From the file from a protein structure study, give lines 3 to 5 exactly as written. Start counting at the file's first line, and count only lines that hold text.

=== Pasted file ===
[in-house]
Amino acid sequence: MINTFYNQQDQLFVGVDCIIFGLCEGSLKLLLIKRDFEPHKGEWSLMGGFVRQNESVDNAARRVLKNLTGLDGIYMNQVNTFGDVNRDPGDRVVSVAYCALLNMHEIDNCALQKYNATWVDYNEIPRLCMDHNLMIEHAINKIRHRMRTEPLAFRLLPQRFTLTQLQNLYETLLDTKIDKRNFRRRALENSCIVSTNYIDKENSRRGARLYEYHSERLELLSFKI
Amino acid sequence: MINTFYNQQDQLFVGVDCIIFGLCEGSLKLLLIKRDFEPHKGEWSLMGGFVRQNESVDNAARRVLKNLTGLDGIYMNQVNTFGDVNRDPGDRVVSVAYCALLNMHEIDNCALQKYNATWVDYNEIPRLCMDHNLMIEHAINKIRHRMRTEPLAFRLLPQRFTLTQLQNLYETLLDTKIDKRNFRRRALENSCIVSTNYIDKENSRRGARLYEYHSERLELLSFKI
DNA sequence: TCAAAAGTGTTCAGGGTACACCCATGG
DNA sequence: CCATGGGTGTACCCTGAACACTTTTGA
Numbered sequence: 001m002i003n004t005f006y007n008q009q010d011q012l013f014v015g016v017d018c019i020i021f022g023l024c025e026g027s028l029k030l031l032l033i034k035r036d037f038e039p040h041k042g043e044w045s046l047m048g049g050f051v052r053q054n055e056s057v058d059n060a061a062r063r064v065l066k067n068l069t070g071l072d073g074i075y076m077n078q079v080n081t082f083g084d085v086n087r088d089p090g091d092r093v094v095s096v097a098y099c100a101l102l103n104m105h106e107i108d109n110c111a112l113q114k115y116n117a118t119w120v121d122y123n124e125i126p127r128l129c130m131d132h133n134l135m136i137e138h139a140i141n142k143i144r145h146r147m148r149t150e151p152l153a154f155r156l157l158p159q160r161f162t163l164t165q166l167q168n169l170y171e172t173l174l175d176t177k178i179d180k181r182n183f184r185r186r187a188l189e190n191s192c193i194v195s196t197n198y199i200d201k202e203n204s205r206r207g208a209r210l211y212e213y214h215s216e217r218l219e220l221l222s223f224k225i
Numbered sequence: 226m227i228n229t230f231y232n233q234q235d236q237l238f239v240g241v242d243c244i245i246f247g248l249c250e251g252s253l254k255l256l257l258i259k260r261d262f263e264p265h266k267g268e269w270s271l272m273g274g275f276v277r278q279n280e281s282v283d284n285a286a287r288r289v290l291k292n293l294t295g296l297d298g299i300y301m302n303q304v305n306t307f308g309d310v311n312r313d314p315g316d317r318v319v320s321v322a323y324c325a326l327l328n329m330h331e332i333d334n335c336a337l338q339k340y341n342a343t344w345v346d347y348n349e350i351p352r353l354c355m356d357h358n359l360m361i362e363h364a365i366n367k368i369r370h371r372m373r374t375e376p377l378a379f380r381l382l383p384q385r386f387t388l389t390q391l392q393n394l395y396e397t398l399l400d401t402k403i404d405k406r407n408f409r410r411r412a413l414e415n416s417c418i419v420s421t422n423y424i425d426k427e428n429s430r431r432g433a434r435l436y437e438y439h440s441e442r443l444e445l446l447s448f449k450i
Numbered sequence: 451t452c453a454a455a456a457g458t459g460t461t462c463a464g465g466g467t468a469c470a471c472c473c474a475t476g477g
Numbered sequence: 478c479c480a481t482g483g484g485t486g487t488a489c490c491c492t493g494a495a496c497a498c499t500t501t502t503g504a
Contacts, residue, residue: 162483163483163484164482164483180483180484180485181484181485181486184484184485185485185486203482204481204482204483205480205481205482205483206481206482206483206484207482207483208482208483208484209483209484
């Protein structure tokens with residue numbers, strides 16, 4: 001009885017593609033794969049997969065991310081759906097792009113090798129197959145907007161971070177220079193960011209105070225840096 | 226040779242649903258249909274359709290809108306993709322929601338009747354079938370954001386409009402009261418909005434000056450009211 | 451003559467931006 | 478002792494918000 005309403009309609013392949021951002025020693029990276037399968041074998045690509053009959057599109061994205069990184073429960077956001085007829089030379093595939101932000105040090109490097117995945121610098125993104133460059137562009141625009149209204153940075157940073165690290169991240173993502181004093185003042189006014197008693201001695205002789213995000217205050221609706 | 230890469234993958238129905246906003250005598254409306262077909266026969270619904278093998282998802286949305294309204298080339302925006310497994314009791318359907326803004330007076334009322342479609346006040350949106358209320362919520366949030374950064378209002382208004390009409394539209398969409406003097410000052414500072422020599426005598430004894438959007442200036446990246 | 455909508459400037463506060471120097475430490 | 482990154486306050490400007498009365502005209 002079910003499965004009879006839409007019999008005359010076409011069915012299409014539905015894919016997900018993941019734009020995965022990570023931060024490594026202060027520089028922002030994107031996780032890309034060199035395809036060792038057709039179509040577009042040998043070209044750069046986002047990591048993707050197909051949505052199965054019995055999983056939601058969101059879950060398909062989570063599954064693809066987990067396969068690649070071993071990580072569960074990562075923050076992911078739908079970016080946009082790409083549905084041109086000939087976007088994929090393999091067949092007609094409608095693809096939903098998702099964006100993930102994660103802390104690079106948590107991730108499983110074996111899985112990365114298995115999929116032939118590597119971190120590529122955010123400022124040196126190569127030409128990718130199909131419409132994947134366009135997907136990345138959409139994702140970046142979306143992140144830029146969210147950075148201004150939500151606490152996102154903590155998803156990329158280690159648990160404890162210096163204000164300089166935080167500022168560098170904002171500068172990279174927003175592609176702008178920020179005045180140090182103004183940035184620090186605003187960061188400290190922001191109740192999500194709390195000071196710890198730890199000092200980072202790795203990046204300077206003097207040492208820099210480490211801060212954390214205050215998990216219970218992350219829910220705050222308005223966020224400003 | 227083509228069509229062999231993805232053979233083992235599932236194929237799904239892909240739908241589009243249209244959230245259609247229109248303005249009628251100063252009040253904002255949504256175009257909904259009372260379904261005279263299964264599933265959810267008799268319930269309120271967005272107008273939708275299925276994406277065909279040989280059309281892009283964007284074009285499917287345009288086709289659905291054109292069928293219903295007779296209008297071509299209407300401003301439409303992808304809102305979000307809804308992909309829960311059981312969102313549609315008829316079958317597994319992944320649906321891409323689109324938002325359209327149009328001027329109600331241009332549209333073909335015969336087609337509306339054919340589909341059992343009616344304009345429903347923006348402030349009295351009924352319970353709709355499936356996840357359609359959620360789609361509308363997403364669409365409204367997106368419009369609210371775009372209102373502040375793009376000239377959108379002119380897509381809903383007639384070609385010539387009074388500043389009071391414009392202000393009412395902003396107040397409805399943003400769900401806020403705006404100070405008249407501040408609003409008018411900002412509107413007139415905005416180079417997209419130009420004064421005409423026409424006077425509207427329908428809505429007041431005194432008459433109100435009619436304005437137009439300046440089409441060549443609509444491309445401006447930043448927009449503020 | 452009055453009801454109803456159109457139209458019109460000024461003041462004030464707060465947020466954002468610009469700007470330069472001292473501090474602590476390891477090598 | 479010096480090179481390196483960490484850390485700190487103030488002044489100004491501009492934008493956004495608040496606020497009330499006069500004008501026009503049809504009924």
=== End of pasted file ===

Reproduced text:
Amino acid sequence: MINTFYNQQDQLFVGVDCIIFGLCEGSLKLLLIKRDFEPHKGEWSLMGGFVRQNESVDNAARRVLKNLTGLDGIYMNQVNTFGDVNRDPGDRVVSVAYCALLNMHEIDNCALQKYNATWVDYNEIPRLCMDHNLMIEHAINKIRHRMRTEPLAFRLLPQRFTLTQLQNLYETLLDTKIDKRNFRRRALENSCIVSTNYIDKENSRRGARLYEYHSERLELLSFKI
DNA sequence: TCAAAAGTGTTCAGGGTACACCCATGG
DNA sequence: CCATGGGTGTACCCTGAACACTTTTGA